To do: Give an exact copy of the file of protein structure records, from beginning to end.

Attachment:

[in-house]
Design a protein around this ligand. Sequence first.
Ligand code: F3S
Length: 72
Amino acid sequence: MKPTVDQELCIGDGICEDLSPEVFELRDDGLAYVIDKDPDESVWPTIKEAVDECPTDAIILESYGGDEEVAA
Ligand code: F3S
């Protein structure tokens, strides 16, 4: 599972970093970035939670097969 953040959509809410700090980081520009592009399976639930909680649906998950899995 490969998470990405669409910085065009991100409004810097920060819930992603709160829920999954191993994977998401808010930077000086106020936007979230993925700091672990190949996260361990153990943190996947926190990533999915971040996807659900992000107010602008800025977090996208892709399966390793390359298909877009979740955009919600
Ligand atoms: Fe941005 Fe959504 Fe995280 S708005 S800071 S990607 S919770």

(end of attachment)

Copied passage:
[in-house]
Design a protein around this ligand. Sequence first.
Ligand code: F3S
Length: 72
Amino acid sequence: MKPTVDQELCIGDGICEDLSPEVFELRDDGLAYVIDKDPDESVWPTIKEAVDECPTDAIILESYGGDEEVAA
Ligand code: F3S
């Protein structure tokens, strides 16, 4: 599972970093970035939670097969 953040959509809410700090980081520009592009399976639930909680649906998950899995 490969998470990405669409910085065009991100409004810097920060819930992603709160829920999954191993994977998401808010930077000086106020936007979230993925700091672990190949996260361990153990943190996947926190990533999915971040996807659900992000107010602008800025977090996208892709399966390793390359298909877009979740955009919600
Ligand atoms: Fe941005 Fe959504 Fe995280 S708005 S800071 S990607 S919770």